Former Tesco boss Sir Terry Leahy believes it’s getting easier to go from a marketing role to CEO provided that marketers are prepared to take risks.
Leahy joined Tesco in 1979 as a marketer and was the 1st marketing director to sit down at the supermarket’s board in 1992, before taking up the CEO role in 1997.
Speaking to Marketing Week on the Marketing Society’s Creative For Commerce conference in London today (21 November), Leahy said that the upward push of digital technology and the following changing needs of customers signifies that marketers are actually better positioned than ever to tackle senior leadership roles. However, he cautions that they need to be willing to take risks, even in a recession, and convey new and innovative marketing techniques.
“If marketing people position themselves on the nexus between digital technology and consumers and spot the opportunities that arise from that during terms of latest services, they’re the folk who can change the trajectory of a business and become the CEO.
“But they must find their as far back as true marketing, beginning with customer and their fast-changing lives, and get away of the strait jacket of just peddling their existing services and products using fairly narrow, fairly old marketing techniques and tricks,” he added.
While at Tesco, Leahy introduced the Clubcard, which he said on stage is more famous around the globe than the Tesco brand. It was the primary time example of the usage of big data by a retailer to administer its relationship with customers.
He admitted that he “stole” the concept from Co-op, where he worked previously and which had a paper membership scheme. He added that after he first took the theory to his bosses at Tesco, they rejected it, but he kept engaged on it and when he went back with a neater plan they green lighted the project.
He advised marketers now to think creatively and check out to look the area otherwise that allows you to find the following innovation and never be afraid to make mistakes and fail as long it’s leading along the correct track. In particular, Leahy believes using mobile and real-time marketing are areas ripe for innovation.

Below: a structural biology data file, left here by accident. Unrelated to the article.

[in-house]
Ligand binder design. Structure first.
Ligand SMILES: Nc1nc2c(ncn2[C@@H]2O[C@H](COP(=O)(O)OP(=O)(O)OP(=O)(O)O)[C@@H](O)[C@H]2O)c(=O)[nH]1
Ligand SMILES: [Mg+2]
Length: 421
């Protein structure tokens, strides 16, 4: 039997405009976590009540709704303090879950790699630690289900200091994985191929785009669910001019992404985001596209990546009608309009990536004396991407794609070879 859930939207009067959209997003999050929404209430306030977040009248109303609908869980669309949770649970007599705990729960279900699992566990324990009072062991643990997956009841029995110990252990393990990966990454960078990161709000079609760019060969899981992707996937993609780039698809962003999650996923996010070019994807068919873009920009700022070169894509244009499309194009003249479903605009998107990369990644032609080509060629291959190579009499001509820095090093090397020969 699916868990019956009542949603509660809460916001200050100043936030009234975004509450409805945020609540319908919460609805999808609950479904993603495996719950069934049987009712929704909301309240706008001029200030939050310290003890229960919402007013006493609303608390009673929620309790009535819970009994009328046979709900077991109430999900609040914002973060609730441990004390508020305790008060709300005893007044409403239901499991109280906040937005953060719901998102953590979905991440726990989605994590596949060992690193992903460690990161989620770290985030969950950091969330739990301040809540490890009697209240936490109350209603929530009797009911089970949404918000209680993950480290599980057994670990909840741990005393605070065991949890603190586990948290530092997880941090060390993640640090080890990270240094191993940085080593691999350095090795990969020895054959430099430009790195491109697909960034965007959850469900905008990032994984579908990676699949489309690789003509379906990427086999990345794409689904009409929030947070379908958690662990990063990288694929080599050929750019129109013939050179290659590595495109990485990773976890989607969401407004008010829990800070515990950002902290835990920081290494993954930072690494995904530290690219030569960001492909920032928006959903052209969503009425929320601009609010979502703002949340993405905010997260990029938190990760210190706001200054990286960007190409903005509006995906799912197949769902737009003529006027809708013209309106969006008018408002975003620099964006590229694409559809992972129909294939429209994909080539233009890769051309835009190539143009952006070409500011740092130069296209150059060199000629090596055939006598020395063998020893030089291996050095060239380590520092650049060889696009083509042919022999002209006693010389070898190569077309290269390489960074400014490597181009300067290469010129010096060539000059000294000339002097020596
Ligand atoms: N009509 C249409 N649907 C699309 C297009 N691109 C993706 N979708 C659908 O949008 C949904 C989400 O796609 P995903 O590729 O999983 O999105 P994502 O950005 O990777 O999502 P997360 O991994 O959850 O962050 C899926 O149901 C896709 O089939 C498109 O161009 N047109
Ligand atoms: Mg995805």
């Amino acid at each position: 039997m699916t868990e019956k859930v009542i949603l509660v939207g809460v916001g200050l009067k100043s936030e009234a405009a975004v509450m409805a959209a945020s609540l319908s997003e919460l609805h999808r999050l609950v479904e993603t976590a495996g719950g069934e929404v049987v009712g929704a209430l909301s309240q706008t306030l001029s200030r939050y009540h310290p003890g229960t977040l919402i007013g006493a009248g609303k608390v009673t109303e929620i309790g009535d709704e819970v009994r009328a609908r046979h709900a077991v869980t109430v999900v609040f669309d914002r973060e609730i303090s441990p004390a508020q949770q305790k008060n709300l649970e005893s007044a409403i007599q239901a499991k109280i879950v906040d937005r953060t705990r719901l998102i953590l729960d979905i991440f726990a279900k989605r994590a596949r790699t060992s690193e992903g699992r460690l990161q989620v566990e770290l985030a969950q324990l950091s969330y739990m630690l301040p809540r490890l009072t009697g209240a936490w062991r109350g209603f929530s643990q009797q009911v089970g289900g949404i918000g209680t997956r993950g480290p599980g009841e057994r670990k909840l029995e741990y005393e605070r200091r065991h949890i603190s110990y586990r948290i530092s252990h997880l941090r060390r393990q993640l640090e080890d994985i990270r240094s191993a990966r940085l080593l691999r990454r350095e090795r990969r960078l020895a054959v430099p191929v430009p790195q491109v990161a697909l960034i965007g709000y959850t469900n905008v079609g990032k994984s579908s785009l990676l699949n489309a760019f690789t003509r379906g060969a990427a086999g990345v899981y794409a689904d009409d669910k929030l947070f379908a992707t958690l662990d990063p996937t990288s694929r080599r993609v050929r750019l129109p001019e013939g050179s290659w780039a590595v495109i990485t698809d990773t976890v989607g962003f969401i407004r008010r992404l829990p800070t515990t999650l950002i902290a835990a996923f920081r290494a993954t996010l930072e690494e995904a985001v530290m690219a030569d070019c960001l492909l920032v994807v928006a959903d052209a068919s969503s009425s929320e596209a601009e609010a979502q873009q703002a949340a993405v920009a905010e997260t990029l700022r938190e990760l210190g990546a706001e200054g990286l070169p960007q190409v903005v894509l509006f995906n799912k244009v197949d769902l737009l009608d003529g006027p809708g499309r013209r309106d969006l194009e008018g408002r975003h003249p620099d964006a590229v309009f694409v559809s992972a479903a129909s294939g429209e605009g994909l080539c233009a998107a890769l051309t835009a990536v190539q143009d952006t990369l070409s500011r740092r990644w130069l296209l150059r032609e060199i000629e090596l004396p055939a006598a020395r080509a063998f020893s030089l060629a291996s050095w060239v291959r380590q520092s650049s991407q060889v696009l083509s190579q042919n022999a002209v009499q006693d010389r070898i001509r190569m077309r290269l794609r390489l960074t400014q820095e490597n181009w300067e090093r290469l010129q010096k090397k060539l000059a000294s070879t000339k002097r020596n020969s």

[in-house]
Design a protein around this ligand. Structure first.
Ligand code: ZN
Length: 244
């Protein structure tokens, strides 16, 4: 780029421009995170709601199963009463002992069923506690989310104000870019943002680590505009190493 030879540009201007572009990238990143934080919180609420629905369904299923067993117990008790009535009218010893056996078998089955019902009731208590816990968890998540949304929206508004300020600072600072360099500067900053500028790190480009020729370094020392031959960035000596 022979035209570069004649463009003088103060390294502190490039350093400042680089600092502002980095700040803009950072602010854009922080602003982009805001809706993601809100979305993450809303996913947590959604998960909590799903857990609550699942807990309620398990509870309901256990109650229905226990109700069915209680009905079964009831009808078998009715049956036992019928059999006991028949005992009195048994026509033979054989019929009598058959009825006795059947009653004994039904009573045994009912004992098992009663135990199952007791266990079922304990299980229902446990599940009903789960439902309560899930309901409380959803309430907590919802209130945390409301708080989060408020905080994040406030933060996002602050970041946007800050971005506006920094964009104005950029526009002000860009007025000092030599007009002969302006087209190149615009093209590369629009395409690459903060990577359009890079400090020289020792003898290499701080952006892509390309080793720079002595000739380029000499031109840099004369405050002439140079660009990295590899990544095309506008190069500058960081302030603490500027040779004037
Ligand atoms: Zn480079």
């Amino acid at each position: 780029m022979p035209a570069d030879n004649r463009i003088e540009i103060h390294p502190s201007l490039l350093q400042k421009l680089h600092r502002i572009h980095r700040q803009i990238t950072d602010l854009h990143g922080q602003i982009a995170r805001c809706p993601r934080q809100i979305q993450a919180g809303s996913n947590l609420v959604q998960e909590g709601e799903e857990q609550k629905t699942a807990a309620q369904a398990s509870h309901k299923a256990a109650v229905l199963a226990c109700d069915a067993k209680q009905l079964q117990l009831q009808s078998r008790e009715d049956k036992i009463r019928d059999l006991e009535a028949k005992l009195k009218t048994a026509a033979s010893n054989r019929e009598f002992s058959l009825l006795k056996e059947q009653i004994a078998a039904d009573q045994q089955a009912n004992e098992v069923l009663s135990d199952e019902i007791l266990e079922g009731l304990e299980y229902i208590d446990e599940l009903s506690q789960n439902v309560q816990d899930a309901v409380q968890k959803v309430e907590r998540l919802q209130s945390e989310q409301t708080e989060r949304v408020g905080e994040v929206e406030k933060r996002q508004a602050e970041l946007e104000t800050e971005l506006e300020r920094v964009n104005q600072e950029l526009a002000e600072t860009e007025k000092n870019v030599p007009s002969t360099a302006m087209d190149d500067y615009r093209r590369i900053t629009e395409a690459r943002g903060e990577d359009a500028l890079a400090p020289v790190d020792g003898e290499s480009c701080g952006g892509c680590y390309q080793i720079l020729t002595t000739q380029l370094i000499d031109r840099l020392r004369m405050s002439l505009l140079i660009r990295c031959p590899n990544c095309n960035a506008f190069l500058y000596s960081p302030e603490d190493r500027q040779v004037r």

“The availability of digital marketing incentives is de facto exciting because businesses for a while has been ready to identify real customers and know something about what they’re drawn to . But we haven’t had an analogous digital ability to reply. You can now.
“Through mobile you are able to bring them right into a loyalty programme, offer them an incentive and provides them new information it is tailored to what they’re inquisitive about. And it usually is dropped at them on their mobile instantly on the right time and inside the right location and that they can redeem there after which, making them rather more engaged,” he told Marketing Week.
With the united kingdom popping out of recession, Leahy believes now could be the time to come back to the “first principle” of selling and reward loyal customers using new technology. Plus he warned against the selling industry becoming too inward and failing to target the client and what they need.
“The development in Christmas marketing this year is a pleasant one because they’re creative and they’re in regards to the brand attributes of the business. But they should be a chunk careful since it is the industry copying one another instead of actually searching on the customer and taking the client because the lead,” he added.